A virus may infect a cell by an automatic chemical reaction between a protein in its envelope, and a protein on the cell membrane. Depending on the virus, this chemical reaction may result in the fusion of the virus envelope with the cell membrane, which results in the release of the virus’ contents (DNA or RNA, and possibly some enzymes) into the cell. Or the chemical reaction results in a temporary hole in the cell membrane, through which the virus’ contents then quickly enter the cell.


    What happens after infection?

    After infection, the cell’s machinery does what it always does: it transcribes (“copies”) DNA into RNA, and it builds proteins according to the instructions on the RNA.

    After an RNA virus enters the cell, the RNA is translated directly into proteins by the cell’s machinery. If these proteins are RNA-copying proteins, the RNA is also copied many times.

    If the virus is a DNA virus, the DNA is copied to RNA, and the same process as described above takes place.

    If the virus is an RNA virus with the reverse-transcriptase enzyme, the enzyme makes a DNA copy of the virus RNA. Then, the same process occurs as in DNA viruses.

    In all cases, the end result is that the normal machinery of the cell starts executing the instructions that come from the virus RNA/DNA. These instructions tell the cell to create lots and lots of copies of the virus RNA/DNA, and to create lots and lots of the proteins that are in the virus envelope.

    The copies of the virus RNA/DNA and the envelope proteins then self-assemble into new virus particles. Alternatively, some viruses instruct the cell to produce enzymes that take care of the assembly of new virus particles. In both cases, the cell fills up with new virus particles. The new virus particles are either excreted by the cell, or they fill up the cell until the cell bursts and the particles are set free.

    The end result is that the original virus particle that infected the cell no longer exists, but now there are many thousands of identical virus particles.


    #100229

    Floggi
    Member
    Topics: 1
    Replies: 425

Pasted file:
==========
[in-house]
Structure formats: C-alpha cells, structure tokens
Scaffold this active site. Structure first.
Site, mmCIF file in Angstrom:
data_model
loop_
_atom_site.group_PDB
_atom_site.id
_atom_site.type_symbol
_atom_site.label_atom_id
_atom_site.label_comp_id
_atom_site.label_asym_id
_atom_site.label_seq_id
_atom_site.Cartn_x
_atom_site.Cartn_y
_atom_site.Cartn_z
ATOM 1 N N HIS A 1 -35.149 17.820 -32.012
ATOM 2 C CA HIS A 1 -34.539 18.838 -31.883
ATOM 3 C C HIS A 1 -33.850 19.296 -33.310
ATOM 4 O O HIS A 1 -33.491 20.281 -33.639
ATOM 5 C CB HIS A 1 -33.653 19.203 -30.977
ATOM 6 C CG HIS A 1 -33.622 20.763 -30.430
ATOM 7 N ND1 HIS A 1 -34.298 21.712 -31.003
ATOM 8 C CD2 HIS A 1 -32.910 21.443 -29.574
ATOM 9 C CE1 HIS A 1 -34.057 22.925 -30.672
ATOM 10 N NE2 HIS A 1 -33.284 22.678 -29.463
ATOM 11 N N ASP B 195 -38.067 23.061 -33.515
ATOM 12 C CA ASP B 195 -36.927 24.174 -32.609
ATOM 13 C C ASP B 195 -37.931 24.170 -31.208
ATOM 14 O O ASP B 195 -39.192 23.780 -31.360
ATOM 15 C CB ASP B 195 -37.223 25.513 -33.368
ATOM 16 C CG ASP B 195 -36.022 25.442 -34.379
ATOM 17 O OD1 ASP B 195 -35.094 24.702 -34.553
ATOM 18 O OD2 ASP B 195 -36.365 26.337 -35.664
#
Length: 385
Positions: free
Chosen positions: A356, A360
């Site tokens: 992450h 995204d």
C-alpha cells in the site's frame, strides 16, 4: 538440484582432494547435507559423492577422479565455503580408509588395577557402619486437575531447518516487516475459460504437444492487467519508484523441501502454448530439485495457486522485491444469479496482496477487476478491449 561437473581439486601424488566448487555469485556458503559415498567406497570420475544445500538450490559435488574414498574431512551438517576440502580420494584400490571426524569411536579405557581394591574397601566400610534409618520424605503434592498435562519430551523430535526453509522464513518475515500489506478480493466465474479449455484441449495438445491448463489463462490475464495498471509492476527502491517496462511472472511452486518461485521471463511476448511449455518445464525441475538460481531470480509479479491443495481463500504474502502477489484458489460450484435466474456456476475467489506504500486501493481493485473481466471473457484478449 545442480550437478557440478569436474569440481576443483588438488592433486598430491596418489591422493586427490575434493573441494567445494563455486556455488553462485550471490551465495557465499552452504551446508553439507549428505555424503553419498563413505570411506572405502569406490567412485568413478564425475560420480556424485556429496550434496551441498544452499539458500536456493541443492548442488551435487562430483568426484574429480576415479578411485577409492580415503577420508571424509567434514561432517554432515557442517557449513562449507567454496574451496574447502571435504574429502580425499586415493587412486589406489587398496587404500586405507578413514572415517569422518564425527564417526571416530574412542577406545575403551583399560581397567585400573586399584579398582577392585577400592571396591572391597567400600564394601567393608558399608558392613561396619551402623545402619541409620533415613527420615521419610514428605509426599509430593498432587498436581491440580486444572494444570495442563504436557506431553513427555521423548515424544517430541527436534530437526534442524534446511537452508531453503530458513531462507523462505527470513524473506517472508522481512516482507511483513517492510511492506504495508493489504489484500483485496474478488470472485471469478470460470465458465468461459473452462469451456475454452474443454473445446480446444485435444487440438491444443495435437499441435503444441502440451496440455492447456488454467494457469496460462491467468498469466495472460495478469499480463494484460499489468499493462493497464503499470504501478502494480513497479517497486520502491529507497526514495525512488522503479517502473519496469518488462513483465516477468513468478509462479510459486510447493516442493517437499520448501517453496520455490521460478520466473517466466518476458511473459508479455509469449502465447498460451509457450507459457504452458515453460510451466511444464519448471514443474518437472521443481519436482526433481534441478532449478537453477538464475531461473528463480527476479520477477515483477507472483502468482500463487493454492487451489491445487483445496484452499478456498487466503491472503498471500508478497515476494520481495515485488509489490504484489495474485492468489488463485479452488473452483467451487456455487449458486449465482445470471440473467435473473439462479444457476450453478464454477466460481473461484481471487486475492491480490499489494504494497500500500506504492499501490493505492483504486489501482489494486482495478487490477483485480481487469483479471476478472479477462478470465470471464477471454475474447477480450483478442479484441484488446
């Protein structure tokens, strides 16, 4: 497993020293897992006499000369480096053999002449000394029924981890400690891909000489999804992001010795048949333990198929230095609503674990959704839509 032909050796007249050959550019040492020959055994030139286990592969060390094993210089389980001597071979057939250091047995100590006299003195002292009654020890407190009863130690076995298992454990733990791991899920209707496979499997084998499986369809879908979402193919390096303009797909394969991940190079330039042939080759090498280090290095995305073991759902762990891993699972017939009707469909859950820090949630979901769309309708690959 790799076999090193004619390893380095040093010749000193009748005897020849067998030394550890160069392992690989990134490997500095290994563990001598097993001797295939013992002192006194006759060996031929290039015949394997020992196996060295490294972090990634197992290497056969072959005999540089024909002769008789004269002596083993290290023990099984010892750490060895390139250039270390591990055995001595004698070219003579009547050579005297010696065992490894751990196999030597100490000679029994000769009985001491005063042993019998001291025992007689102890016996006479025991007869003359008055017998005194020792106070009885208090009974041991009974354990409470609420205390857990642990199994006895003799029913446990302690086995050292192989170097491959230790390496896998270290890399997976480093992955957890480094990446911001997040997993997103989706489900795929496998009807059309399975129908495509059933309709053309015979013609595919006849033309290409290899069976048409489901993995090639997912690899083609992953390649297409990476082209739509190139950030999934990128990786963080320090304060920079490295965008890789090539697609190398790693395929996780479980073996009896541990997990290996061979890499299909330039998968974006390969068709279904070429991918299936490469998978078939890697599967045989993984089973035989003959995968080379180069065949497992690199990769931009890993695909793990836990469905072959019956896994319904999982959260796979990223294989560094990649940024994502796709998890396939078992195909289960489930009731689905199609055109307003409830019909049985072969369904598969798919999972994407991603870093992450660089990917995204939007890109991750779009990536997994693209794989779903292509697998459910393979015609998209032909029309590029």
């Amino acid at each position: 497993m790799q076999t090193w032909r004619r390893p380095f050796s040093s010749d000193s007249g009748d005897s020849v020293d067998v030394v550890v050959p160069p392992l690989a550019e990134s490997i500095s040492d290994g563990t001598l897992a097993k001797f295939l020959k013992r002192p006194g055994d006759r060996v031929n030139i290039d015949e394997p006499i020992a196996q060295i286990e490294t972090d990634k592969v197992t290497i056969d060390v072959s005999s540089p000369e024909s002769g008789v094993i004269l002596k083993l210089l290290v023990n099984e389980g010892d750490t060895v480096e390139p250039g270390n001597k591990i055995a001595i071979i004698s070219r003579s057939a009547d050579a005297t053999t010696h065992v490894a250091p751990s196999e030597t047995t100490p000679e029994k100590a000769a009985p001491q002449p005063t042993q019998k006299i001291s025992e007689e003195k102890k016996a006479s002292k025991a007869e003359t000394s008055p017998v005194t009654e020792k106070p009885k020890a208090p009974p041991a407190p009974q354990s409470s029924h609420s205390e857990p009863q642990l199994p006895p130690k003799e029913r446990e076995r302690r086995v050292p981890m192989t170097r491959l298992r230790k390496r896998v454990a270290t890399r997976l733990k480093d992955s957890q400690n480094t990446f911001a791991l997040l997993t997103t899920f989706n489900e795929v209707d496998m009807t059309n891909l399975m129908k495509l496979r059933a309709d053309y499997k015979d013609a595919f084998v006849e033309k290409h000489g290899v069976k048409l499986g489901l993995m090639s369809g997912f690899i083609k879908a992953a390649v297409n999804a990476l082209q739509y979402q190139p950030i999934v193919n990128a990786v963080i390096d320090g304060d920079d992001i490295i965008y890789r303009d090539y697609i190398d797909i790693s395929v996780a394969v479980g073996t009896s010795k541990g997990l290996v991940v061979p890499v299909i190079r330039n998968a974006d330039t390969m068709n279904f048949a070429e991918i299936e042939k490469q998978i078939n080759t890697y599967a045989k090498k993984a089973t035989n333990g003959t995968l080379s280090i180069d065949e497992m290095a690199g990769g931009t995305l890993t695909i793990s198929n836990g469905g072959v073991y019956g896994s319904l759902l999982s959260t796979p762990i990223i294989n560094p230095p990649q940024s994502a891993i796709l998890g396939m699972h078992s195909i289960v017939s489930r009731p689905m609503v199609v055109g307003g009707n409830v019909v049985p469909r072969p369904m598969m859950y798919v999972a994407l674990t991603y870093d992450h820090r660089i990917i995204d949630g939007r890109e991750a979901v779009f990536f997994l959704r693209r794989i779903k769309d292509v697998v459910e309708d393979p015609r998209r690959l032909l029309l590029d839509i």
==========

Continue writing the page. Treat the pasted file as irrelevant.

Version: 2
    Part:      2 of 3
    Date:     2013-03-10




    The body’s lines of defense

    The first line of defense

    Normally (that is: when we are not wounded), viruses can only enter the body through one of the mucous membranes. Normally, this will be a membrane of the nose, mouth, or throat.

    A virus, being a passive construction, cannot actively swim through the mucus in the direction of a cell. Instead, it just sits in the mucus, waiting until chance brings it in contact with a cell.

    The body contains intrusion-detecting cells and enzymes that are also present in the mucous linings. If these encounter a virus, they will destroy it. This prevents the virus from entering the body at all.


    The second line of defense

    A virus that is not destroyed by the first line of defense may eventually reach one of the cells of the mucous membrane. It has to infect these cells in order to enter the body. The mucus cells are highly resilient to virus infection. If infection does occur, they quickly excrete alarm proteins that alert the body to the infection.

    (Note: I’m not an expert in this field. Therefore, the above description may be overly simplistic, and it may even be a little off. If you have more knowledge about this second line of defense than I have, please share your knowledge, so I can improve this part of the text.)


    The third line of defense

    Once the virus makes it through the layer of cells that line the mucous membrane, it is inside the body. The body now depends on its third line of defense to fight the virus. This third line of defense attacks the virus in two ways.

    The first possibility is that the body attacks the virus itself. This can only be done with virus particles that have not yet infected a cell. These virus particles are recognised by the proteins in their envelope, which are not human proteins. The virus particles are marked by special markers that have two sides: one side chemically binds to the virus protein, the other side signals immune cells to “kill me”. The immune cells then absorb the markers and the viruses to which these markers are attached into little intracellular bags called lysosomes. The cell then fills the lysosome with destructive enzymes. This kills the virus, reducing it to recyclable amino acids and lipides.

    The second possibility is that the body attacks the cells that are already infected by the virus. These cells are doomed anyway, so they may as well be killed immediately. Cells that are infected by a virus mark themselves by embedding specific proteins in their outer membrane. These proteins are recognised by markers in much the same way as the virus proteins are recognised by markers, as described above. The cell is then killed, also killing all viruses inside it.


    #100230

    Floggi
    Member
    Topics: 1
    Replies: 425

    Version: 2
    Part:      3 of 3
    Date:     2013-03-10




    How viruses spread

    Spreading from human to human

    This section, like the rest of this virus saga, is about viruses that infect humans, and that spread directly from one person to the next. There are other types of viruses that infect plants or even bacteria, but those types are not relevant to this story, so I’ll leave them out.